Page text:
While there appear to be genetic factors contributing to an individual’s risk of developing an addiction, it’s important to note that there is no single ‘addiction gene’.
The study’s authors say: “It is likely that, as for most complex diseases, alcohol dependence and AUDs [alcohol use disorders] are due to variations in hundreds of genes, interacting with different social environments.” They also note that determining which genetic variants have an influence and how they do so is an ongoing area of research.
The twin study cited above suggested that anywhere between 45% and 65% of the risk of addiction can be linked to genetic factors. This also means that around half of the cases have no observable genetic links and, even where there are, there may be environmental influences as well.
If problem drinking or drug use is visible in the home, for example, it may well become normalised. If children see people seemingly enjoying themselves (partying etc) they may associate drugs and alcohol with positive feelings and want to experience them at an early age. Even where their experience is overwhelmingly negative – such as where a parent is abusive or substance misuse causes arguments or contributes to divorce – they may still be drawn to drink or drugs themselves, especially if they are unhappy, depressed or anxious. Neglect, boredom and other factors can also increase the risk of substance misuse and eventual addiction.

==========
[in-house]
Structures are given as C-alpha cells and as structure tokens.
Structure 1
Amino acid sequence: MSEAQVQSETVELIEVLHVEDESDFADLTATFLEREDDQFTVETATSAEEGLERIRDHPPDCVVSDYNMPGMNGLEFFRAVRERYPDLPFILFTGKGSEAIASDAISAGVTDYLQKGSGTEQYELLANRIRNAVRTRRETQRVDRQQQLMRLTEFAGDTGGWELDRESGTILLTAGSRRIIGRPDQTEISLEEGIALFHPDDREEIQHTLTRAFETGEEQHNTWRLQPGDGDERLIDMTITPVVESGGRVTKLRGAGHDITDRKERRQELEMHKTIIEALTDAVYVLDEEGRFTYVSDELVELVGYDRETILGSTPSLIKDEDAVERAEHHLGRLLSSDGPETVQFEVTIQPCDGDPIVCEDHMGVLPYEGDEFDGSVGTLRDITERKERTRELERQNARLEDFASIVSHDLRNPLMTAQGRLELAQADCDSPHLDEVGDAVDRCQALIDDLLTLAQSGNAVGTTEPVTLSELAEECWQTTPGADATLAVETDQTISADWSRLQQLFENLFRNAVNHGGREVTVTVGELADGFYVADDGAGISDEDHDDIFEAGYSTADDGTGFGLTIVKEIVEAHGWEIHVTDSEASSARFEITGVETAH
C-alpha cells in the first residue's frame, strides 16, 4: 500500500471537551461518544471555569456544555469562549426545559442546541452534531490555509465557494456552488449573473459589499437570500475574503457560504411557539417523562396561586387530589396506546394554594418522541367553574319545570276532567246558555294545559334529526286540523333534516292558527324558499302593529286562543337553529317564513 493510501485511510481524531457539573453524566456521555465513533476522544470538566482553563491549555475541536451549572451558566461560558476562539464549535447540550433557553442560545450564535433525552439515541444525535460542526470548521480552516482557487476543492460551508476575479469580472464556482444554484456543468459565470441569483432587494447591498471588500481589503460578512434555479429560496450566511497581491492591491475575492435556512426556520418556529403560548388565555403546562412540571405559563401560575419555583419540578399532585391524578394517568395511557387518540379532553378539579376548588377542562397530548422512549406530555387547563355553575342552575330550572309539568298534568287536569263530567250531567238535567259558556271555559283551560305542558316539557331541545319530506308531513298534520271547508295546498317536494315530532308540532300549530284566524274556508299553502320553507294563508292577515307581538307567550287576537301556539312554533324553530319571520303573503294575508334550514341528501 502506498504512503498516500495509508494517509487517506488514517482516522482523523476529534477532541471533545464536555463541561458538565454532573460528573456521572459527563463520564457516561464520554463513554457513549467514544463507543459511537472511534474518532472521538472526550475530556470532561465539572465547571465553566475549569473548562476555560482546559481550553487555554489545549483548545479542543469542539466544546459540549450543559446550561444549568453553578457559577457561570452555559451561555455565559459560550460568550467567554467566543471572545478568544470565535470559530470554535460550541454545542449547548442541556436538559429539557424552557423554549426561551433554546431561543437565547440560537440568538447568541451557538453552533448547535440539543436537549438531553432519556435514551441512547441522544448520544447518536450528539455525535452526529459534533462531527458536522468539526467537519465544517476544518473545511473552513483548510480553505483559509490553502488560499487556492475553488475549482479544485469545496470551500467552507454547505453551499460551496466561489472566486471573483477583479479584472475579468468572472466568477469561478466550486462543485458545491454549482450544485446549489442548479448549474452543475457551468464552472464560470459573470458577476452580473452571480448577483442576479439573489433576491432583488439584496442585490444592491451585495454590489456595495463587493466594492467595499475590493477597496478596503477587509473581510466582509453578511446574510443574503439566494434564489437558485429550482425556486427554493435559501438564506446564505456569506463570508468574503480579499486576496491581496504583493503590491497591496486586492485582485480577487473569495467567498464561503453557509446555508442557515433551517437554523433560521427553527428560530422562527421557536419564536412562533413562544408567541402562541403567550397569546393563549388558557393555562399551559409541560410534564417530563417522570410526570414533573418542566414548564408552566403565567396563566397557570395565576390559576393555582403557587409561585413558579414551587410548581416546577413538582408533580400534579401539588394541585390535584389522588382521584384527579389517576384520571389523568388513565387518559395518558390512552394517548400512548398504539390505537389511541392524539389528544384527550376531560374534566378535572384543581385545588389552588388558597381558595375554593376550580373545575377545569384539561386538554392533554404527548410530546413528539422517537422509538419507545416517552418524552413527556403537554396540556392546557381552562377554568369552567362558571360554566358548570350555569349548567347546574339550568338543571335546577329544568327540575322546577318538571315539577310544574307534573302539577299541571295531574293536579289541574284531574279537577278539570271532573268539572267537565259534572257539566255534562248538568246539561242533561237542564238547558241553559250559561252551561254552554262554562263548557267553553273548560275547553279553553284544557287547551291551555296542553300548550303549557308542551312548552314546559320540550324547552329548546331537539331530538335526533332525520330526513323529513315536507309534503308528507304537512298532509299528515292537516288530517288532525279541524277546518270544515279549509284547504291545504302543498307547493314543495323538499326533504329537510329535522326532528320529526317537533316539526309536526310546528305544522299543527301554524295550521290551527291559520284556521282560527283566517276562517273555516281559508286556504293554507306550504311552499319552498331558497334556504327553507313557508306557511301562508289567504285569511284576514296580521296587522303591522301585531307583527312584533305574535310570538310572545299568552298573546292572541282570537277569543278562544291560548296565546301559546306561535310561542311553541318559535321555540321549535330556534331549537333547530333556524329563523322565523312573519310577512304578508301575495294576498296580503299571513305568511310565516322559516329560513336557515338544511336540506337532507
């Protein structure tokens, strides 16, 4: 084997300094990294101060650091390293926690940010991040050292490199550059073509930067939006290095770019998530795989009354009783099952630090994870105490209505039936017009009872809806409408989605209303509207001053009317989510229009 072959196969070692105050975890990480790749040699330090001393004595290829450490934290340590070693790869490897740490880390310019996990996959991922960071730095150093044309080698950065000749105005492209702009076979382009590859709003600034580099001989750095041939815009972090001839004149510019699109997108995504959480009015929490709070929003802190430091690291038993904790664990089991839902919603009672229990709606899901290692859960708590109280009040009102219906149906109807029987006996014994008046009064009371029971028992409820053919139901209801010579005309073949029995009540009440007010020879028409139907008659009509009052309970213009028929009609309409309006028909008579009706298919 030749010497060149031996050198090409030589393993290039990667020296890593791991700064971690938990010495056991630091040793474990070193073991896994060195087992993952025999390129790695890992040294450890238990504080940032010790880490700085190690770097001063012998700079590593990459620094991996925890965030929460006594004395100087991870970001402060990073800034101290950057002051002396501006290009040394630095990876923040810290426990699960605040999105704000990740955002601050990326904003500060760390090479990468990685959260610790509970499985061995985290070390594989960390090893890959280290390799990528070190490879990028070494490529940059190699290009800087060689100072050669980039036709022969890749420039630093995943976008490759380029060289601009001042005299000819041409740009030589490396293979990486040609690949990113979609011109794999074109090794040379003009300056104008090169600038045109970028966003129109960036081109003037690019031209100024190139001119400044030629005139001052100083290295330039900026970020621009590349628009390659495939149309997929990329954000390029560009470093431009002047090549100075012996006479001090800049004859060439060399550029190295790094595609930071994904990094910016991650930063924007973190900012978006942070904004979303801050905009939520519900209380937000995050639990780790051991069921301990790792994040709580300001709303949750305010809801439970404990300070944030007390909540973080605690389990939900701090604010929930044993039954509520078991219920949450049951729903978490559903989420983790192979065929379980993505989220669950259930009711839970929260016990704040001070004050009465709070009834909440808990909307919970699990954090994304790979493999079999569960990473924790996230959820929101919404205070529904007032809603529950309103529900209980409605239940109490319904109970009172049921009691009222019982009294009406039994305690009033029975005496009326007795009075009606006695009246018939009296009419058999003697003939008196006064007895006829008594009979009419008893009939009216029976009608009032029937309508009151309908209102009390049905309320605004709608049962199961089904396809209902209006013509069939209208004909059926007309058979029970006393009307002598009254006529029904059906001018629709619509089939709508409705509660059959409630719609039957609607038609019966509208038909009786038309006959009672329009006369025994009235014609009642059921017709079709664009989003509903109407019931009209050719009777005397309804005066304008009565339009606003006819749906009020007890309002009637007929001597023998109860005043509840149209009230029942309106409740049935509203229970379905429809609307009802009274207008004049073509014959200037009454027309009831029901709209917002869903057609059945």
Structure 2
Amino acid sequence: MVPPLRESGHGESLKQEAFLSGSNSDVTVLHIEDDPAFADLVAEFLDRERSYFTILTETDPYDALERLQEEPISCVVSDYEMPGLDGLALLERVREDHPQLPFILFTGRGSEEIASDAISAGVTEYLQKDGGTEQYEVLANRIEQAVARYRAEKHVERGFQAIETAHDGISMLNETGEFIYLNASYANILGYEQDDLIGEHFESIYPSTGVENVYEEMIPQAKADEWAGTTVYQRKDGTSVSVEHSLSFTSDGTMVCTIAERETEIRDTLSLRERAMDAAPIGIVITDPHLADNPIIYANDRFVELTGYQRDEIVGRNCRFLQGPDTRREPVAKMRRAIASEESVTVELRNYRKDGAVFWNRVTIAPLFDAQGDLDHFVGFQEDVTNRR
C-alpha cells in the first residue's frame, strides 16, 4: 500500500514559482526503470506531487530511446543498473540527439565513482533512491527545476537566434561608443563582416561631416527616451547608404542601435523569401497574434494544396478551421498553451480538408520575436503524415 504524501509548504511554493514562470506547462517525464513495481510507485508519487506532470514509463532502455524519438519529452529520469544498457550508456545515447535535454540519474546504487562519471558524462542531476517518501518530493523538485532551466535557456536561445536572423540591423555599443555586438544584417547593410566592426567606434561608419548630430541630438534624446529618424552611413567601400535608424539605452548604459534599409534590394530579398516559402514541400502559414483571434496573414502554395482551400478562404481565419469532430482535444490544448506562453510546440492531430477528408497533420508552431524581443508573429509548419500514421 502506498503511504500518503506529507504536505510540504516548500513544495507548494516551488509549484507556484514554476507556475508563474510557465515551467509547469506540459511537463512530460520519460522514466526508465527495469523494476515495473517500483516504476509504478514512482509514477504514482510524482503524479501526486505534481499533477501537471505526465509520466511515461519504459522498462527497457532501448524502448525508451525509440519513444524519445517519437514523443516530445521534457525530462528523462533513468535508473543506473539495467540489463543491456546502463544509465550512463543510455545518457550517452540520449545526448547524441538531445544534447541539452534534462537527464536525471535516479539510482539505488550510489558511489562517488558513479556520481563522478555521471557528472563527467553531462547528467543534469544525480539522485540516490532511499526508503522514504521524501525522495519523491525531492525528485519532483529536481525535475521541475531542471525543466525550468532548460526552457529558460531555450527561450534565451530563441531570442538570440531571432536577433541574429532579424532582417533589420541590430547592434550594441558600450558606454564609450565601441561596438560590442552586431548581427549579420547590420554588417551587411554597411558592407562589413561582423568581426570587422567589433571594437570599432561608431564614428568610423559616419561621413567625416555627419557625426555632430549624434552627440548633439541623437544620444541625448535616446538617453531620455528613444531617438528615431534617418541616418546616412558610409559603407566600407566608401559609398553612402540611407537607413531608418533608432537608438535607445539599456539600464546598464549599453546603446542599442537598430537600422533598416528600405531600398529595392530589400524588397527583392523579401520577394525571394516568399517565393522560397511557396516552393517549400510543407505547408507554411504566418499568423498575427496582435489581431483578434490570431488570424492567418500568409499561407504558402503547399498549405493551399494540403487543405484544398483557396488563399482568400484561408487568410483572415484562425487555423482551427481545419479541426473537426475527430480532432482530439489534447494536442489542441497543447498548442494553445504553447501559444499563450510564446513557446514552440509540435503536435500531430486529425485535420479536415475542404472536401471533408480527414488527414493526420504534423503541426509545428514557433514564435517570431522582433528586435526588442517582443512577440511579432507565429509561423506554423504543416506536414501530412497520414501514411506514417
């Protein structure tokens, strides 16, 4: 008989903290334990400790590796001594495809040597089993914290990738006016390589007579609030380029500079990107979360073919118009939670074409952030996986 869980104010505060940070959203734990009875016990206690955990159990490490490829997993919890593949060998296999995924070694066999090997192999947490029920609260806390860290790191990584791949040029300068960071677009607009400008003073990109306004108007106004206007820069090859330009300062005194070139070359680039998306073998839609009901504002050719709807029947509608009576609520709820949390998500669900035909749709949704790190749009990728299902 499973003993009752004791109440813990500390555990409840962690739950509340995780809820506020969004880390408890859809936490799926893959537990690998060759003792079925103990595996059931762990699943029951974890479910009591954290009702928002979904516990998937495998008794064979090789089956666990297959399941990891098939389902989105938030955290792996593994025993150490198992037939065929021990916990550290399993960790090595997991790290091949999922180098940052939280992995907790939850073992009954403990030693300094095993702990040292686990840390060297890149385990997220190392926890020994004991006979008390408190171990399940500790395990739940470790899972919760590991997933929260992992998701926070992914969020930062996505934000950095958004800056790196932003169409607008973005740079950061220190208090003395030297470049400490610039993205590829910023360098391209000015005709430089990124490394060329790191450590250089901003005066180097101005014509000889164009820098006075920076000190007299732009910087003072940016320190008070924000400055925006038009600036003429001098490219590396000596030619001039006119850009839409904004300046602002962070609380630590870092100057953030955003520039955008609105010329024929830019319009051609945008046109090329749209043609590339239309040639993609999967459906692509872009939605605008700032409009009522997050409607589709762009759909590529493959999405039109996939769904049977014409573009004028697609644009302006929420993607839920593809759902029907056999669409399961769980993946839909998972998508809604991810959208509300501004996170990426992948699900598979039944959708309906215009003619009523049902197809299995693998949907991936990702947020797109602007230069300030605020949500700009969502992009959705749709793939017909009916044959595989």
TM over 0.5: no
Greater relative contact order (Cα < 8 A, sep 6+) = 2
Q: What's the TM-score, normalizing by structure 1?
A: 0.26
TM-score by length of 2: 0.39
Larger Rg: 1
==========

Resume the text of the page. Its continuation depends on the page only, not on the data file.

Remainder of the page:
Environmental influences can extend beyond the family home. Peers and peer pressure can play a huge part in introducing young people to substance misuse of various kinds. This will not always lead to addiction but there is an increased risk when people start experimenting at a younger age.
Mental Health Issues
There are known to be links between substance misuse, addiction and mental health. Many people who are diagnosed with a substance use disorder are also diagnosed with a mental health condition – and vice versa. Research in the US found that more than 60% of adolescents in community-based substance use disorder treatment programs also meet diagnostic criteria for another mental illness.
The relationship between addiction and mental health can be complex, however. In some cases, substance misuse can trigger a mental health episode or worsen an existing condition. In others, people might turn to drugs or alcohol in an attempt to self-medicate because they are already experiencing the symptoms of a mental health condition. This is always counter-productive however and the two elements will tend to feed off each other. Where addiction and mental health conditions co-exist, this is often referred to as dual diagnosis and it is generally advisable to treat both sides at the same time.
There is no one thing that ‘causes’ addiction. Anyone who uses them can become addicted to drugs and alcohol, but there are many different factors that can increase the risk and the true picture is often a complex combination of these different threads. If you feel like you need professional drug or alcohol rehabilitation treatment, you can get in touch with us today.